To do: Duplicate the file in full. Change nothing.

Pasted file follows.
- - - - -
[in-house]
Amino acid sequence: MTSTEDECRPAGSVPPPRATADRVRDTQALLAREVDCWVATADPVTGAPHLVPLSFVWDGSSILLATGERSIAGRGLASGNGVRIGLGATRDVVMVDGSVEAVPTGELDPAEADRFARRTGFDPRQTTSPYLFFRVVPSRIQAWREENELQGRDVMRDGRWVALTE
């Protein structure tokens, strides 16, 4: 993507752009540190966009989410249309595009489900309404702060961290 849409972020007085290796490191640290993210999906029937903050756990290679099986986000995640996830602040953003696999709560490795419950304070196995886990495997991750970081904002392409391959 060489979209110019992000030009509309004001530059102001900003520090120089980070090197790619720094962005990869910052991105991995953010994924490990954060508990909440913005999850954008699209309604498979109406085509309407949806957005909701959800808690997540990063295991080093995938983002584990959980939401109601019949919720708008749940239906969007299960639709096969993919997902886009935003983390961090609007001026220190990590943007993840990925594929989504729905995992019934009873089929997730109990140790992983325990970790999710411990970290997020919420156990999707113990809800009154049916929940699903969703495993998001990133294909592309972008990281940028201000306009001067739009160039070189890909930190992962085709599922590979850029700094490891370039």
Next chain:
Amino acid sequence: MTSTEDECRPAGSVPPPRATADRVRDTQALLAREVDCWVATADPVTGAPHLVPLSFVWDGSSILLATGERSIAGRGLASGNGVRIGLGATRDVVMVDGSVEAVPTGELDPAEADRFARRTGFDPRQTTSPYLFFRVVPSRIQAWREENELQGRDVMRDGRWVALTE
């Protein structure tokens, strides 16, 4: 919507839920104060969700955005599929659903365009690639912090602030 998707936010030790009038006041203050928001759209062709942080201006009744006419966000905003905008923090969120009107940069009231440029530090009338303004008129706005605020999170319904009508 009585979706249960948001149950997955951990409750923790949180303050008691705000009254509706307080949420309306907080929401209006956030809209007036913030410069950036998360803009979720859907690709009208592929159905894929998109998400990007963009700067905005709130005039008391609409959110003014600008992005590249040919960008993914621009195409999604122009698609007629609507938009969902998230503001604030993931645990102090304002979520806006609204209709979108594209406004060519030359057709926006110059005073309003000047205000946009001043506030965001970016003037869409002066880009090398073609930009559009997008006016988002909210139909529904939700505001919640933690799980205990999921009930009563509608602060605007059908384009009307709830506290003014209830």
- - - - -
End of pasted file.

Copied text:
[in-house]
Amino acid sequence: MTSTEDECRPAGSVPPPRATADRVRDTQALLAREVDCWVATADPVTGAPHLVPLSFVWDGSSILLATGERSIAGRGLASGNGVRIGLGATRDVVMVDGSVEAVPTGELDPAEADRFARRTGFDPRQTTSPYLFFRVVPSRIQAWREENELQGRDVMRDGRWVALTE
């Protein structure tokens, strides 16, 4: 993507752009540190966009989410249309595009489900309404702060961290 849409972020007085290796490191640290993210999906029937903050756990290679099986986000995640996830602040953003696999709560490795419950304070196995886990495997991750970081904002392409391959 060489979209110019992000030009509309004001530059102001900003520090120089980070090197790619720094962005990869910052991105991995953010994924490990954060508990909440913005999850954008699209309604498979109406085509309407949806957005909701959800808690997540990063295991080093995938983002584990959980939401109601019949919720708008749940239906969007299960639709096969993919997902886009935003983390961090609007001026220190990590943007993840990925594929989504729905995992019934009873089929997730109990140790992983325990970790999710411990970290997020919420156990999707113990809800009154049916929940699903969703495993998001990133294909592309972008990281940028201000306009001067739009160039070189890909930190992962085709599922590979850029700094490891370039």
Next chain:
Amino acid sequence: MTSTEDECRPAGSVPPPRATADRVRDTQALLAREVDCWVATADPVTGAPHLVPLSFVWDGSSILLATGERSIAGRGLASGNGVRIGLGATRDVVMVDGSVEAVPTGELDPAEADRFARRTGFDPRQTTSPYLFFRVVPSRIQAWREENELQGRDVMRDGRWVALTE
């Protein structure tokens, strides 16, 4: 919507839920104060969700955005599929659903365009690639912090602030 998707936010030790009038006041203050928001759209062709942080201006009744006419966000905003905008923090969120009107940069009231440029530090009338303004008129706005605020999170319904009508 009585979706249960948001149950997955951990409750923790949180303050008691705000009254509706307080949420309306907080929401209006956030809209007036913030410069950036998360803009979720859907690709009208592929159905894929998109998400990007963009700067905005709130005039008391609409959110003014600008992005590249040919960008993914621009195409999604122009698609007629609507938009969902998230503001604030993931645990102090304002979520806006609204209709979108594209406004060519030359057709926006110059005073309003000047205000946009001043506030965001970016003037869409002066880009090398073609930009559009997008006016988002909210139909529904939700505001919640933690799980205990999921009930009563509608602060605007059908384009009307709830506290003014209830």